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Old 10-02-2009, 05:12 AM
Location: Sunny Florida
7,136 posts, read 11,040,214 times
Reputation: 9466


If you are truly interested in this property get a real estate agent that is well versed in short sales and make your offer. Your agent will guide you through the whole process, but you must be a patient person because it's a long and frustrating process. We made a full price offer and were able to close on ours, but it's not for the faint of heart. Best wishes.
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Old 10-02-2009, 07:47 AM
214 posts, read 737,813 times
Reputation: 128
Originally Posted by sgoines View Post
That is correct...so if the property isn't selling ( pretty quickly) at the listed price....then one would assume it is overpriced for THIS market. And the bank would more than likely be happy to take that listed price. So buyers considering a property like this can "make an offer" and do well if they find something they like. The short sale process is long and does require patience on the part of the buyer, but not always. It depends on the bank and who your realtor's contact is, etc. Some have gone well...banks are learning that they must go ahead and liquidate these properties now and are getting more experienced at it in some cases.
As a Realtor, very experienced in short sales and foreclosures, for my Buyers, I am seeing foreclosed homes priced for 50% less than the appraisal the Bank is required to do before setting the price. Banks price foreclosed homes, based on what comps are showing it will sell for.

Banks will normally reduce the price every thirty days, until it either sells, or goes to Auction. Normally is takes about 3 to 6 mos. to sell a high end home, and maybe just days to sell a home that has been priced well within the market value. Banks are seeking the highest and best offer, and this eliminates the bidding wars that can take place, and rarely happen.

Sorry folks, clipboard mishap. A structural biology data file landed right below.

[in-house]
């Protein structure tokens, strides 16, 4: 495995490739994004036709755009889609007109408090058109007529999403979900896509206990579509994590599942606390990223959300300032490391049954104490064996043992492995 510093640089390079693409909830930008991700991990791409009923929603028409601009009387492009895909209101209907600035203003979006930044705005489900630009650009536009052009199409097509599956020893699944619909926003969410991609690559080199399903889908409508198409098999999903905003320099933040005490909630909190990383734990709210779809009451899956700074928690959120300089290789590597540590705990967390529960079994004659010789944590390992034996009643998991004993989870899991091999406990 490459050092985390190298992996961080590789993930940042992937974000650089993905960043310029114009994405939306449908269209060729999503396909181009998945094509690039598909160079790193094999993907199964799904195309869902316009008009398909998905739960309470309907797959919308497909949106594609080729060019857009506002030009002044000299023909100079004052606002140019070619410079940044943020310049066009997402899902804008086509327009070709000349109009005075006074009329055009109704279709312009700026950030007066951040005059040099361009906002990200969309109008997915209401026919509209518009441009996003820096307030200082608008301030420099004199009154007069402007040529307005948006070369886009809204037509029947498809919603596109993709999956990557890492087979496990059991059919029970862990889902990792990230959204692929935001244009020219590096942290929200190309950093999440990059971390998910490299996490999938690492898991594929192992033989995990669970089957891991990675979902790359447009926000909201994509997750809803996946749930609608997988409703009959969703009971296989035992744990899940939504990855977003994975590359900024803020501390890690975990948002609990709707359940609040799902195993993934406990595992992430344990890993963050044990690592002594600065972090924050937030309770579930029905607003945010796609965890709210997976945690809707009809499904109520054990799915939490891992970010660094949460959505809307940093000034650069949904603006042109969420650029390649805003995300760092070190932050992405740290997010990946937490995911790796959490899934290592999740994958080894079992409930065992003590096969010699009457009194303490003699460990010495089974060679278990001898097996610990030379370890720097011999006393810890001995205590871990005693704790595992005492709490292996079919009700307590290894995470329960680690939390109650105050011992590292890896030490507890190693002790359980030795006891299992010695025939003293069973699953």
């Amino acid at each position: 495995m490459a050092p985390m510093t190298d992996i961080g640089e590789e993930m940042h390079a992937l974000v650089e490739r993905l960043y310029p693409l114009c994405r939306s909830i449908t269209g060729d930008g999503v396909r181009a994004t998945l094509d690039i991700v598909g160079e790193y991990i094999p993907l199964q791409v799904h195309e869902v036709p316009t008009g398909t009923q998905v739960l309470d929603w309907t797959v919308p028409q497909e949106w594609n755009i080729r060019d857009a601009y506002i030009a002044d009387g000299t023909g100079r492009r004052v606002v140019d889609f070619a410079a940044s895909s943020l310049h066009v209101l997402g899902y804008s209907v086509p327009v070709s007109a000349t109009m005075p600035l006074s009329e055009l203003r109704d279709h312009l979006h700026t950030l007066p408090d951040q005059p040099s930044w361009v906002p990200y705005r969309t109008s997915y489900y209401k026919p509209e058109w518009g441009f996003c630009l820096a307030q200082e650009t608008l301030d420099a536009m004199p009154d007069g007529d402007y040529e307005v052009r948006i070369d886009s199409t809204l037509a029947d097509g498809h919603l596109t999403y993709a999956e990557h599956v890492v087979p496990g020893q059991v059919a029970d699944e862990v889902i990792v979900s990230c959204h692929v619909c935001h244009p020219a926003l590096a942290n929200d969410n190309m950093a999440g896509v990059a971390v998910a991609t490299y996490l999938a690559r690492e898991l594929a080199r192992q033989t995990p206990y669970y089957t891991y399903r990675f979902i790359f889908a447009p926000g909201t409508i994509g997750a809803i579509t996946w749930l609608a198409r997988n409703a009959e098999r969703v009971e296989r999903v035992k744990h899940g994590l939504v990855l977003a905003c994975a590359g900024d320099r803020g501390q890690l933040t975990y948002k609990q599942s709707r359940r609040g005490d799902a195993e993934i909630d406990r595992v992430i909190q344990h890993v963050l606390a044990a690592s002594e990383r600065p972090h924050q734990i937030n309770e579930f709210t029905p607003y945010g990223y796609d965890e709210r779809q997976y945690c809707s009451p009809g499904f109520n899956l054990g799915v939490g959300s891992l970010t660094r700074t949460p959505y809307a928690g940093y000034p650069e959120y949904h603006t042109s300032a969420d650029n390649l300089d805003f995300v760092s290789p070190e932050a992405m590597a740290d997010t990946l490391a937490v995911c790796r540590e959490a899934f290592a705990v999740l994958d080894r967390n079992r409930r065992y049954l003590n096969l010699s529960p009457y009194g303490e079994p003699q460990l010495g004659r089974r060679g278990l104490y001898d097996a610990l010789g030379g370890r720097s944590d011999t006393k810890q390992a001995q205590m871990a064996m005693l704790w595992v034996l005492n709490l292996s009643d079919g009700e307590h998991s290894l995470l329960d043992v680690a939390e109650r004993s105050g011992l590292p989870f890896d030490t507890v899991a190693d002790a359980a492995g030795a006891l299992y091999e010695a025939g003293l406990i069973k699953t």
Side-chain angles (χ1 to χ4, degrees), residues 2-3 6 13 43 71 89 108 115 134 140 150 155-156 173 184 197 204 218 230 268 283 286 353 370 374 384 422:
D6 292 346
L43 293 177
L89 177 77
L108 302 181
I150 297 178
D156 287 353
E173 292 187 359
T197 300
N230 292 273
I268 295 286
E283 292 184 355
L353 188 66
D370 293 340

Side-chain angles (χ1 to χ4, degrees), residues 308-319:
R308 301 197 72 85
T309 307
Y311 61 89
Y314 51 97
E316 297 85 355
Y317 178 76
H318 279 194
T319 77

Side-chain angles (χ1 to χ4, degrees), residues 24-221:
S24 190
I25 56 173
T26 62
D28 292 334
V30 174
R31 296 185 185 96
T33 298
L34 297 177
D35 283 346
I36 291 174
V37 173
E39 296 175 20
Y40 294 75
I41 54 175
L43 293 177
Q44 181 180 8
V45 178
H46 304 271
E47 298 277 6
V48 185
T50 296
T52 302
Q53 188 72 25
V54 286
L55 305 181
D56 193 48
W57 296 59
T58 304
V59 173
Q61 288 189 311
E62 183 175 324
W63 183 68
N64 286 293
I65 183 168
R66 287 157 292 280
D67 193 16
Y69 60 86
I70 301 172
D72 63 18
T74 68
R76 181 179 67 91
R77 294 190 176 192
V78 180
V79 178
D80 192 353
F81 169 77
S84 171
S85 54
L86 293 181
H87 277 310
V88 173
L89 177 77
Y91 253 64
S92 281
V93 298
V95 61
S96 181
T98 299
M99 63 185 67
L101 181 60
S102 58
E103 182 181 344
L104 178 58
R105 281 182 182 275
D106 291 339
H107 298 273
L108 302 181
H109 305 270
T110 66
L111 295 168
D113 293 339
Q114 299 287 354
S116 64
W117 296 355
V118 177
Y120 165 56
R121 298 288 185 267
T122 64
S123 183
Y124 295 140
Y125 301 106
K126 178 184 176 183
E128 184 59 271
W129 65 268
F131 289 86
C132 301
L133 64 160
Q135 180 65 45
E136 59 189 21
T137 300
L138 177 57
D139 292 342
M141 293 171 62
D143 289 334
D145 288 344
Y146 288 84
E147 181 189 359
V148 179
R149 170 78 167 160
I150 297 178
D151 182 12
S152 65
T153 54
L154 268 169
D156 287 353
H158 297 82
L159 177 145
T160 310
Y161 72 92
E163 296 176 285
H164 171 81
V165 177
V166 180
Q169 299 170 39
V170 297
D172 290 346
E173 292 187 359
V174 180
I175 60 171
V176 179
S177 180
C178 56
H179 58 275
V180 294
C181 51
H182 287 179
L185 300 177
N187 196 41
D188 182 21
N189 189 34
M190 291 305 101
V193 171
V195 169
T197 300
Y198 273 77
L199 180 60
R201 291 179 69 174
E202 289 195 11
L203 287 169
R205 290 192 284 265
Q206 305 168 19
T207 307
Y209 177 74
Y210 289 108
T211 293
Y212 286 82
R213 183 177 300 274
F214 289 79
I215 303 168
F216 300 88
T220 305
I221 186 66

Once an offer has been accepted and approved by the Bank it is a done deal. No more back offers accepted.
Some homes are sold before they even hit the market as foreclosed, some Banks, not all, will allow this. It comes down to what the market will bear.
Buyers are well advised to work with a Realtor whose company works directly with Banks that have assigned them the properties to sell.
If Buyers are truly interested in purchasing a foreclosed or short sale, they must have proof of funds, or be pre-qualified before even submitting an offer. Have your Realtor prepare comps for the property, and don't expect to purchase a $600,000. home for $300,000. rarely happens, you would be well advised to meet the price halfway. I have seen so many Buyers put forth lowball offers, the Banks won't even consider it, then once it sells to the "highest and best offer", they are stunned, and in may cases kicking themselves for not relying on their Realtors advice.
Banks are getting more streamlined in the process of selling foreclosed, but their requirements are more rigourous than buying a general brokerage home. The paperwork required is enormous, however, an experienced Realtor, can make the process streamlined, and much easier.
It can be a challenge, but in the end well worth all the effort, because, if you hold onto that property for at least 5 years, you will reap the benefits.
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Old 10-03-2009, 07:10 AM
Location: Cape Carteret, NC
13 posts, read 41,414 times
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Good info above...yes, the lender is trying to recoup something from these short sales and foreclosures. And the foreclosure process is expensive for lenders. It has been a "steep learning curve" for a lot of people: lenders, realtors, buyers,and sellers. But now we all need to try to move forward with these situations, and help people understand what is happening, how to be patient through the process, get these properties sold, and not be afraid of the process itself. Hopefully, we will all come out on " the other side" intact. This is a nationwide problem and all need to work together to resolve it. The short sale process needs to be streamlined a bit , to help avoid foreclosure, but we need to allay the "fear" of going there which seems to be rather pervasive now.
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